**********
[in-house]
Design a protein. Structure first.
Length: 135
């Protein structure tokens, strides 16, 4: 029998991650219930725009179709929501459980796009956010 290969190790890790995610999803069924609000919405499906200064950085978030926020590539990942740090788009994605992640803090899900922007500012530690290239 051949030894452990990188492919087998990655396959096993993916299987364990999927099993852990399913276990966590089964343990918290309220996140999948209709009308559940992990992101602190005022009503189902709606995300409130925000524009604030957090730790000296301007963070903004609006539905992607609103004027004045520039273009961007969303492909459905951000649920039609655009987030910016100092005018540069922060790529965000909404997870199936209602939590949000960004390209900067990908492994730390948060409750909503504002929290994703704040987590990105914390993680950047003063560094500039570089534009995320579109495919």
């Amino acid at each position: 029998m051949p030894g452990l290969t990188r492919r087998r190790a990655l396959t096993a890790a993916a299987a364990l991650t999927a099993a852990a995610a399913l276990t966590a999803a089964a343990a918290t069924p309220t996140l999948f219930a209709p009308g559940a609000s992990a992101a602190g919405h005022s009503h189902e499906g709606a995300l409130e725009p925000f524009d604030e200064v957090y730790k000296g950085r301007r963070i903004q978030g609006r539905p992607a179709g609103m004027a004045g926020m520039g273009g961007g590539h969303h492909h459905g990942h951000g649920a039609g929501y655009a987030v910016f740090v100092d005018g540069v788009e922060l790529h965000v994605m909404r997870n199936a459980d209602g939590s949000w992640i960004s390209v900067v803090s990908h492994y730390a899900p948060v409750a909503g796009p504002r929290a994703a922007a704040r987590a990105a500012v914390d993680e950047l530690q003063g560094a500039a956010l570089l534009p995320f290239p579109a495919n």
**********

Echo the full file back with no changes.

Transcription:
[in-house]
Design a protein. Structure first.
Length: 135
């Protein structure tokens, strides 16, 4: 029998991650219930725009179709929501459980796009956010 290969190790890790995610999803069924609000919405499906200064950085978030926020590539990942740090788009994605992640803090899900922007500012530690290239 051949030894452990990188492919087998990655396959096993993916299987364990999927099993852990399913276990966590089964343990918290309220996140999948209709009308559940992990992101602190005022009503189902709606995300409130925000524009604030957090730790000296301007963070903004609006539905992607609103004027004045520039273009961007969303492909459905951000649920039609655009987030910016100092005018540069922060790529965000909404997870199936209602939590949000960004390209900067990908492994730390948060409750909503504002929290994703704040987590990105914390993680950047003063560094500039570089534009995320579109495919």
């Amino acid at each position: 029998m051949p030894g452990l290969t990188r492919r087998r190790a990655l396959t096993a890790a993916a299987a364990l991650t999927a099993a852990a995610a399913l276990t966590a999803a089964a343990a918290t069924p309220t996140l999948f219930a209709p009308g559940a609000s992990a992101a602190g919405h005022s009503h189902e499906g709606a995300l409130e725009p925000f524009d604030e200064v957090y730790k000296g950085r301007r963070i903004q978030g609006r539905p992607a179709g609103m004027a004045g926020m520039g273009g961007g590539h969303h492909h459905g990942h951000g649920a039609g929501y655009a987030v910016f740090v100092d005018g540069v788009e922060l790529h965000v994605m909404r997870n199936a459980d209602g939590s949000w992640i960004s390209v900067v803090s990908h492994y730390a899900p948060v409750a909503g796009p504002r929290a994703a922007a704040r987590a990105a500012v914390d993680e950047l530690q003063g560094a500039a956010l570089l534009p995320f290239p579109a495919n």